The first is an introduction of a preamble speaking to the GAAR’s objectives. A proper read of this preamble will inevitably be the subject of extensive argument in courts and the subject of many future decisions.

The second is a modification to the applicable purpose test. The current GAAR focuses on the primary purposes of the transactions being scrutinized to determine if there is an “avoidance transaction”; the proposed GAAR would find an avoidance transaction where “one of the main purposes” was to obtain a tax benefit.

Next steps towards becoming law

The Department of Finance has invited comment on these provisions by 31 May 2023, after which it has indicated it is planning to publish revised legislative proposals and announce the application date of the amendments.

If the final legislation looks like the current proposals, significant uncertainty will be created for taxpayers seeking to comply with the law. Economic substance will become a legislated factor that Canadian taxpayers must consider when evaluating risk of the GAAR applying to transactions (along with a 25% penalty). Some newly introduced pitfalls may be avoided through additional disclosure, but it will be difficult to discern the proper role of these new provisions until a body of jurisprudence is developed.

Should you wish to discuss how any of the above points may impact your business, please contact the authors.

1 Budget 2023: Tax Measures: Supplementary Information, at page 38


3 More specifically, the disclosure must be in accordance with subsection 237.3(2) or proposed subsection 237.3(12.1) of the Income Tax Act in order to avoid penalties.

4 More specifically, the disclosure must be in accordance with section 237.3 of the Income Tax Act in order to avoid the extended limitation period.


While leading Baker McKenzie's Canadian Tax Practice, Jacques Bernier assists his clients in resolving their Canadian tax controversies and litigating them before the courts. He also provides strategic advice to a number of multinationals in their dealings with the Canadian tax authorities and the relationship partner to many Firm clients meeting their tax needs in Canada and abroad. He is singled out for his transfer pricing expertise and recognized as a leading practitioner in Chambers Global and Euromoney's Guide to the World's Leading Transfer Pricing Advisors, as well as being consistently recommended for corporate tax litigation by Canadian Lexpert Legal Directory. According to Chambers Global, Mr. Bernier is "very determined, pragmatic and knowledgeable" and the "go-to-guy" in Canada. Sources also say: "He's thoughtful, he's calm, he thinks of the entire journey and the objective. He's responsive, very professional and easy to talk to."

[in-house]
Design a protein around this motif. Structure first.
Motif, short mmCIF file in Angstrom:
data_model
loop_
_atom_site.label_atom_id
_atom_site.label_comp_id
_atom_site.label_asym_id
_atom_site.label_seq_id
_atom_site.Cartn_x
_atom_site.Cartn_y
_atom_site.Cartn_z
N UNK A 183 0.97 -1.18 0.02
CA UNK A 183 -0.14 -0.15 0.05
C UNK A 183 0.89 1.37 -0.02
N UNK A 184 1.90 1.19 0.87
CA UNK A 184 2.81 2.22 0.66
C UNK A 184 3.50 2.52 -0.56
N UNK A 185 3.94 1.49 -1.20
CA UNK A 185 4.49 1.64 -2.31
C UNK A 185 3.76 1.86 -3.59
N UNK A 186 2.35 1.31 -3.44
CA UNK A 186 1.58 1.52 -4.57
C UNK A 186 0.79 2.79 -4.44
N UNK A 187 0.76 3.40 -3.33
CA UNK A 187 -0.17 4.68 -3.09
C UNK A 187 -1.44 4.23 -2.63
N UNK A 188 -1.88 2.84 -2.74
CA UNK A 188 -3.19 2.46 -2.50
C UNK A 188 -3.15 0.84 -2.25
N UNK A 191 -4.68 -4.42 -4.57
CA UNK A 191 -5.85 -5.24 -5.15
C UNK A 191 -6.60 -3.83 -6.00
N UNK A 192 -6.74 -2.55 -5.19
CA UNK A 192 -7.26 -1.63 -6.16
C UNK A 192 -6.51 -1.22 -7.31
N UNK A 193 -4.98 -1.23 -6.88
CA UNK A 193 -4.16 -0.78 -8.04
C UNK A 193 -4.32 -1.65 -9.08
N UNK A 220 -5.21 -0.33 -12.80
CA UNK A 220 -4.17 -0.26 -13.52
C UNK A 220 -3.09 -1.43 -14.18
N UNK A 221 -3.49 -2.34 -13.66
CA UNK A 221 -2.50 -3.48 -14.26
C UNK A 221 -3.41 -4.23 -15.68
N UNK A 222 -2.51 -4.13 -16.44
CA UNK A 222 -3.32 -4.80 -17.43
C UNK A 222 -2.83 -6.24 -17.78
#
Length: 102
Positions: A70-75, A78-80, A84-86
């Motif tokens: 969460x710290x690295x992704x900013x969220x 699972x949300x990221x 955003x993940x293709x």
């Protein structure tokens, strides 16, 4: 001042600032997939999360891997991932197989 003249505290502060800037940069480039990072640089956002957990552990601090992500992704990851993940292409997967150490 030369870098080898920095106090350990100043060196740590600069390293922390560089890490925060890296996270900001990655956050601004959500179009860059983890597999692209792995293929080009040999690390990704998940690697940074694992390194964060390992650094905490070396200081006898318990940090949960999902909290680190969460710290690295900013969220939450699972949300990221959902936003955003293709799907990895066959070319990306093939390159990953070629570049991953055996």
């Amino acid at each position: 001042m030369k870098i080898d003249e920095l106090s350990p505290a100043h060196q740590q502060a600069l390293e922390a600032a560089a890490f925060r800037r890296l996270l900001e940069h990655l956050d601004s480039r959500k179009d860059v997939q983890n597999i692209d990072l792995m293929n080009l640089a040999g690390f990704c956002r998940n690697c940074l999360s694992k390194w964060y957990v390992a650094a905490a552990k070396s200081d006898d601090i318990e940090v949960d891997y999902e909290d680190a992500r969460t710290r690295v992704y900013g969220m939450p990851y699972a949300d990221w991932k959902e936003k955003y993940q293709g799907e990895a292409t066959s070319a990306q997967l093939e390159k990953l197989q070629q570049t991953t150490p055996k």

Andrew Boyd is a partner in Baker McKenzie's Tax Practice Group in Toronto. His practice focuses on tax litigation and dispute resolution. Andrew is also an active member of the tax community, having served on the Steering Committee of the Canadian Tax Foundation’s Young Practitioner’s Group (Toronto) for four years, during which time he organized and moderated presentations on topics such as rectification, developments in GAAR jurisprudence, responding to audits, the changing tax litigation landscape, et cetera. He has also presented on evidentiary issues that arise in Tax Court trials and best practices for working with expert witnesses.